Broadly Categorizing Vulnerabilities

Software Vulnerabilities

Software flaws that allow for remote code execution, privilege escalation, unintended information disclosure, etc. (These are often identified by CVEs or IAVM numbers)

Configuration Vulnerabilities

Configurable items such as password hashing algorithms, User Lockout Thresholds, etc. (Often identified with CCEs or STIG numbers)

The total vulnerability category score is calculated as the sum of the Software Vulnerability Score and the Configuration Vulnerability Score:

Software Vulnerabilities

Software Vulnerabilities come out almost every day, due to the hard work of the vulnerability and pentesting community. When a vulnerability gets reported, it is tracked in the NIST Vulnerability Database (NVD).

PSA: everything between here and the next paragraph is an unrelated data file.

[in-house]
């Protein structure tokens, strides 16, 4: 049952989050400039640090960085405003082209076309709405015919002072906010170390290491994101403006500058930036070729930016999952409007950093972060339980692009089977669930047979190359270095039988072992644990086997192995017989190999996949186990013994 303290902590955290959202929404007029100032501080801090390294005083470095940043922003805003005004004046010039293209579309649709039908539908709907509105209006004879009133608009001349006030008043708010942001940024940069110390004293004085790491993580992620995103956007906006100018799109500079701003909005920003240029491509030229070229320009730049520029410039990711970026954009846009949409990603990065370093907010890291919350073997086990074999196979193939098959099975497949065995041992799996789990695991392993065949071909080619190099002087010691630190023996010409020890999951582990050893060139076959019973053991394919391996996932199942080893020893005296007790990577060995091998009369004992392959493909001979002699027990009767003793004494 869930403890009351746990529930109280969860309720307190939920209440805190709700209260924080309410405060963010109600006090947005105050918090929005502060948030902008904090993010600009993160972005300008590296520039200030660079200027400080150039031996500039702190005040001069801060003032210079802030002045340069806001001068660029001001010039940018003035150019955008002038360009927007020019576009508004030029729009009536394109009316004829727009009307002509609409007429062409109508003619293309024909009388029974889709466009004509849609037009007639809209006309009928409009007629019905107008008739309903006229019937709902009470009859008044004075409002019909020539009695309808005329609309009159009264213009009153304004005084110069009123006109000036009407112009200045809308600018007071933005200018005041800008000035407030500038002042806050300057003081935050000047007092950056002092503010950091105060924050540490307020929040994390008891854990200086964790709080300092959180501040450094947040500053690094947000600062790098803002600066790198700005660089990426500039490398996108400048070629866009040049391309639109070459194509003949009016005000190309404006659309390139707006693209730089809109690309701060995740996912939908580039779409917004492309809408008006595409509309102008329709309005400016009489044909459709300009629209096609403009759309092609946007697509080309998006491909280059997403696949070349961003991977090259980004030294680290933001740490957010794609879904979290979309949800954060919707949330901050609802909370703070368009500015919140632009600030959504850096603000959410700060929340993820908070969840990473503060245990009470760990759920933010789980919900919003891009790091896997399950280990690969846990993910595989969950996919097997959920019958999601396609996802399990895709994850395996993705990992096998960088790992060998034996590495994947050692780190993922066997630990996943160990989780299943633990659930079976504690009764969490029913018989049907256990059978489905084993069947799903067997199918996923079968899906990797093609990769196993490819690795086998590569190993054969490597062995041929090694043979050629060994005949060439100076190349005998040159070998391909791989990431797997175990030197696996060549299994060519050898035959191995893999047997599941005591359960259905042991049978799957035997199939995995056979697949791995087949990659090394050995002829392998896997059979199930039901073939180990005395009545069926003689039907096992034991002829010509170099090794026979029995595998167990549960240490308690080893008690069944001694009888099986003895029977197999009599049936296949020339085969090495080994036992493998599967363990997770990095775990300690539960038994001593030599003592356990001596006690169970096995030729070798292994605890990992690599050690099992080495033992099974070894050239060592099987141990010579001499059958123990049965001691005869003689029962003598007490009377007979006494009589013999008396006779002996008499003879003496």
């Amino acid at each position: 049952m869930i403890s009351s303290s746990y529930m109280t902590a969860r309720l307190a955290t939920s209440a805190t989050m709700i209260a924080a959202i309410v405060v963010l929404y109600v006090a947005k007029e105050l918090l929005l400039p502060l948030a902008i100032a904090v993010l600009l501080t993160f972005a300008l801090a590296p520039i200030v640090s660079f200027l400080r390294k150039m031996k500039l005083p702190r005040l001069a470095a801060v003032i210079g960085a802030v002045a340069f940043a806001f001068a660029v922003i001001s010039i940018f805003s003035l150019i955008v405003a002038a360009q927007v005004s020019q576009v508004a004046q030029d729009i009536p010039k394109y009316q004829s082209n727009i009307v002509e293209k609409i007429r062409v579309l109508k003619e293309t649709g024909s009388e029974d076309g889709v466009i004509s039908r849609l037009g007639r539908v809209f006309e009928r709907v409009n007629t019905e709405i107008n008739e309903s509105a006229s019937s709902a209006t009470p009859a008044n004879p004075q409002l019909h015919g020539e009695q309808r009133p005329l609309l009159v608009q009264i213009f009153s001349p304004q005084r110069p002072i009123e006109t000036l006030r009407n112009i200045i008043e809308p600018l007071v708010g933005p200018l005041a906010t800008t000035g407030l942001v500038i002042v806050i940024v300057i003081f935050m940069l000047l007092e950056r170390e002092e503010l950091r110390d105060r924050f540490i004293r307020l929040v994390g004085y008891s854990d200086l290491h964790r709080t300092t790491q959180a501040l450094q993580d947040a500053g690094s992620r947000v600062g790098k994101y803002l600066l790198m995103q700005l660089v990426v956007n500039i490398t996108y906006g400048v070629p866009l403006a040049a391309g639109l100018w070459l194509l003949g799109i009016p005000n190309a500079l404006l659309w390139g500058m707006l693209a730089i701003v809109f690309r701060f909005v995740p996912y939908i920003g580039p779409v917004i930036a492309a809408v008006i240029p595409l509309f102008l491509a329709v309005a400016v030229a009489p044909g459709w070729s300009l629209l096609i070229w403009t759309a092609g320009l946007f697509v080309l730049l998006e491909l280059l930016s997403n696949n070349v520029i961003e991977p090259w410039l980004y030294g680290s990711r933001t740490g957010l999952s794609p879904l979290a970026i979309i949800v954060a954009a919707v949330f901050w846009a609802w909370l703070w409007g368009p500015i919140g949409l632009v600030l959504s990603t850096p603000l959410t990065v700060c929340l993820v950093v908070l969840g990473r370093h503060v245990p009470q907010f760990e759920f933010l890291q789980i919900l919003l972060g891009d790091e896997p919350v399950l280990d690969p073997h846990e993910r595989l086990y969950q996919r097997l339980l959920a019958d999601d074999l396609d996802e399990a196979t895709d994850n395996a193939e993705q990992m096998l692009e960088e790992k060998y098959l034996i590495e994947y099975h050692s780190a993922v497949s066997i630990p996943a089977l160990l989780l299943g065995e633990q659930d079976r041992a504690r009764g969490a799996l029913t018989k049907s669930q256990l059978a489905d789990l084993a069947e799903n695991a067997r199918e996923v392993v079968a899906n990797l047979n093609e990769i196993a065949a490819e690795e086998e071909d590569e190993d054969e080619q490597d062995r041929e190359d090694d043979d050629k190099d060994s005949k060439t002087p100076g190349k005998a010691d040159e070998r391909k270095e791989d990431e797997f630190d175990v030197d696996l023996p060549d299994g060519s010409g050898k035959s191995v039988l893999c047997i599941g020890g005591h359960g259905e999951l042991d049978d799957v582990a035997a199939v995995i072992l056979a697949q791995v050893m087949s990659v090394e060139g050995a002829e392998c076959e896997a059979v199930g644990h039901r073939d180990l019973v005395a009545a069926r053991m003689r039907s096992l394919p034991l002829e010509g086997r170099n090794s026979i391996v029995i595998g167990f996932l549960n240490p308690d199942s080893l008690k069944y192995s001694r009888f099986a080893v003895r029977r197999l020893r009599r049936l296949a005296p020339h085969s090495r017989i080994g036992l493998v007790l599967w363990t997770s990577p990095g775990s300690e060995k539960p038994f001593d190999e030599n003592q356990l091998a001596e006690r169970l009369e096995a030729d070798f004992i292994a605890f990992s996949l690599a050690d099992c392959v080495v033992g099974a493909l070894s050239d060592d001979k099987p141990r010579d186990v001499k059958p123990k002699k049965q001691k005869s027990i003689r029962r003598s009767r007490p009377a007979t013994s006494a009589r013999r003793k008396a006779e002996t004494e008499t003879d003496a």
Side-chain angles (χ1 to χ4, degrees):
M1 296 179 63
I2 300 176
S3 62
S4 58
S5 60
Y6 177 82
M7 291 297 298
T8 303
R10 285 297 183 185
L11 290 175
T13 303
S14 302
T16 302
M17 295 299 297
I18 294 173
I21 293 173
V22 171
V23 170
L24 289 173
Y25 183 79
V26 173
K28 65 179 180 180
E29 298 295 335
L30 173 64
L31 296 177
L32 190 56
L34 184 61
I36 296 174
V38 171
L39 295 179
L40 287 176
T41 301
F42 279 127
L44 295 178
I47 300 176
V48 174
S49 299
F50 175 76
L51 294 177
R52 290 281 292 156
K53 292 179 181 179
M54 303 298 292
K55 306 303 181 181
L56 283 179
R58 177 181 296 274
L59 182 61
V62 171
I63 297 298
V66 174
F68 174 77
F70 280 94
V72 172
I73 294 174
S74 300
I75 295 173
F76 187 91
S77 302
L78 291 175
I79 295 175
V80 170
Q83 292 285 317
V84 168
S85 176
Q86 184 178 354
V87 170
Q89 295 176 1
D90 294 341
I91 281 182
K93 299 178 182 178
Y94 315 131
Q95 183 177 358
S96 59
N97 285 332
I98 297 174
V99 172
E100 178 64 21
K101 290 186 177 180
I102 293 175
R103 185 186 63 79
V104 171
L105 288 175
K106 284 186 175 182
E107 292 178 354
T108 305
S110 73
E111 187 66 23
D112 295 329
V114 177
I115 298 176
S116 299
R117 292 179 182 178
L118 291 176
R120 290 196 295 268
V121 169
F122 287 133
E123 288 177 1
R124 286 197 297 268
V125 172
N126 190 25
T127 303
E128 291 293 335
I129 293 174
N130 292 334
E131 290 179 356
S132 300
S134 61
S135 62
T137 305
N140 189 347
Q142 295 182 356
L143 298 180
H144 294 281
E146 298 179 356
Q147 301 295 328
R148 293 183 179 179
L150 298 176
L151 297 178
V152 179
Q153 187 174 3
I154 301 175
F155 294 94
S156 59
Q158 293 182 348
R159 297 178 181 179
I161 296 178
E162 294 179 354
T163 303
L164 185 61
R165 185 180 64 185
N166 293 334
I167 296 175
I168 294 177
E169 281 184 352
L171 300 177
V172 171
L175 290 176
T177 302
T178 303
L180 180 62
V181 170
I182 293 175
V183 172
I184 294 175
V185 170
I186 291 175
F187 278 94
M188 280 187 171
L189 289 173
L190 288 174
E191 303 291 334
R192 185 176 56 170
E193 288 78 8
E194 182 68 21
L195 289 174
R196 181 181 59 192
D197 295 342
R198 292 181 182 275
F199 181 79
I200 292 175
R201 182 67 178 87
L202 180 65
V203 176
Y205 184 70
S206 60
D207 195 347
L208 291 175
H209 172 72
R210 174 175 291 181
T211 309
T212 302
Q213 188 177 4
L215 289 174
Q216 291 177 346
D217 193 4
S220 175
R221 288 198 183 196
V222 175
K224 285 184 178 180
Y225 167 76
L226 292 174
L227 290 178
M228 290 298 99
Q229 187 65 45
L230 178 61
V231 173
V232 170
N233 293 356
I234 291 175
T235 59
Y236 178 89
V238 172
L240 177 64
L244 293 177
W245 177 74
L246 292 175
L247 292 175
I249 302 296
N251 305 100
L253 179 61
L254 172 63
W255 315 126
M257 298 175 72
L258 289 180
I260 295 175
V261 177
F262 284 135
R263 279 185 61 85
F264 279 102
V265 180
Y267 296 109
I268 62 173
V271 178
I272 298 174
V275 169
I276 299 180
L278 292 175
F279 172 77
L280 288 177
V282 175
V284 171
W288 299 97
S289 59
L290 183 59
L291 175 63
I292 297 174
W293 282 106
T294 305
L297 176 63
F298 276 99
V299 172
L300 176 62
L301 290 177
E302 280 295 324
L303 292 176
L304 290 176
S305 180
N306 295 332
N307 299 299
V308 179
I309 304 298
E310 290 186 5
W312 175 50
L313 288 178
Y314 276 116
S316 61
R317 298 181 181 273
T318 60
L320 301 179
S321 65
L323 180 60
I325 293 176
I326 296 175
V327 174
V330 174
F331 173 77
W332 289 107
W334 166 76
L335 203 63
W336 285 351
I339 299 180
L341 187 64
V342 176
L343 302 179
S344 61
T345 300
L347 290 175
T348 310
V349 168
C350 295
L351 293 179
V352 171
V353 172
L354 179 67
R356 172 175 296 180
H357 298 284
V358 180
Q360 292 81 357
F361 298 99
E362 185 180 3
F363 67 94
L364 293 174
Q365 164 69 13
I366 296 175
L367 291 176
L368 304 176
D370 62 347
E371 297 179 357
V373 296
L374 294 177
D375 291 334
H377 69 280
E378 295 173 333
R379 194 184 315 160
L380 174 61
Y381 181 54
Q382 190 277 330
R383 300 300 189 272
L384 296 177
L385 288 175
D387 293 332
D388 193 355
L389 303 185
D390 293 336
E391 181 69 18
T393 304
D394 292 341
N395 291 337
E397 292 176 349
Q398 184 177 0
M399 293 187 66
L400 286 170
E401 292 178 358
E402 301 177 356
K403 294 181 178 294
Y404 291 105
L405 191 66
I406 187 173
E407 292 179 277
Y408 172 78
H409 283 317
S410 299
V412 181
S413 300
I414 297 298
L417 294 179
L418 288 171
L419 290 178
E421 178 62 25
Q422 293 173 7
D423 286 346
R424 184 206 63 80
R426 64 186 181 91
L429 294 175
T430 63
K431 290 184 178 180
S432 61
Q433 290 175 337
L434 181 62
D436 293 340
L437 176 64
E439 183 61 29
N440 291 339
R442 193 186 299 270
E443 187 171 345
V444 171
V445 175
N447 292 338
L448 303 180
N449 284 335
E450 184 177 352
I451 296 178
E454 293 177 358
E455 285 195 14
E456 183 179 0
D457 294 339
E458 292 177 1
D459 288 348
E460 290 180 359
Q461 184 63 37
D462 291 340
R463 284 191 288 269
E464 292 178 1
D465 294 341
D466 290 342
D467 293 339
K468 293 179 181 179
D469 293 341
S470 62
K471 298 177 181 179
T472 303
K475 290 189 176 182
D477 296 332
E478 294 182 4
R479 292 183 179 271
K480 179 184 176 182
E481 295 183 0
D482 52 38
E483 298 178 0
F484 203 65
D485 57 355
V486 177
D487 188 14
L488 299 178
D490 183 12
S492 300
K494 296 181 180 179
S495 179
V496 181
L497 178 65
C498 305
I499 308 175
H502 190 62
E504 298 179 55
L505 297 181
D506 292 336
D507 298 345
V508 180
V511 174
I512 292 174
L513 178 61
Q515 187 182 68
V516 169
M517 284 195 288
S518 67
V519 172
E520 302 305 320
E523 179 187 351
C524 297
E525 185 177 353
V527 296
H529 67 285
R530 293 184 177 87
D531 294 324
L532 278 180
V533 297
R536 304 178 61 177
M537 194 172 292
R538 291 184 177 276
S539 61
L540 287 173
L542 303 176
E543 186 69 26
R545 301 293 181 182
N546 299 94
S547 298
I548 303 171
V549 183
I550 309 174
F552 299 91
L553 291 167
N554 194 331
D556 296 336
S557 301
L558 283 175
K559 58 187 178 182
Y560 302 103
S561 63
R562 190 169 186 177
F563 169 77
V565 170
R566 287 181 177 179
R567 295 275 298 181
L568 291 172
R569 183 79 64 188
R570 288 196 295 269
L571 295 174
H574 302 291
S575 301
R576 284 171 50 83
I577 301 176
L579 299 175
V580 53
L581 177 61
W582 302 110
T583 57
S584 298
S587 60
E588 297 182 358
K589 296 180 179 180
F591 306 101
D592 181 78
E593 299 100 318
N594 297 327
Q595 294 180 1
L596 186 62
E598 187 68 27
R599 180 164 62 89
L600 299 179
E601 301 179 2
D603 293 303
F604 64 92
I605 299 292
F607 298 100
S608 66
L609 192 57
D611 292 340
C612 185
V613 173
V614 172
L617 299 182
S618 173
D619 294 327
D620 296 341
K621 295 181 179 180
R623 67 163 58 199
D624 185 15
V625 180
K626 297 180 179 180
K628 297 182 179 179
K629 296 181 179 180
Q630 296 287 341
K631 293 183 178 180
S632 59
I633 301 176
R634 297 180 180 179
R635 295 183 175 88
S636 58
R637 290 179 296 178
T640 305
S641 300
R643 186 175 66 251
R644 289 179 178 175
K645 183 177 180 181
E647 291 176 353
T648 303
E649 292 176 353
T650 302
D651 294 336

For the Software Vulnerability Score, we’ll utilize the Common Vulnerability Scoring System (CVSS), originally developed by FIRST, and the Common Vulnerability Enumeration (CVE), and currently maintained by MITRE. CVSS is a standard score based on numerous Base, Temporal, and Environmental metrics. NIST currently provides a CVSS score and CVE identifier to every vulnerability currently tracked . The total software vulnerability score is implemented as the sum of all of the CVSS values found to be vulnerable on the system.

Configuration Vulnerabilities

Configuration Vulnerabilities are a bit harder to score. There has been a lot of work around the Common Configuration Scoring System (CCSS) that is designed to score configuration vulnerabilities associated with Common Configuration Enumerations (CCE). However, it is still new and not all CCE identifiers have been assigned values. For more information on CCSS, see NIST IR 7502.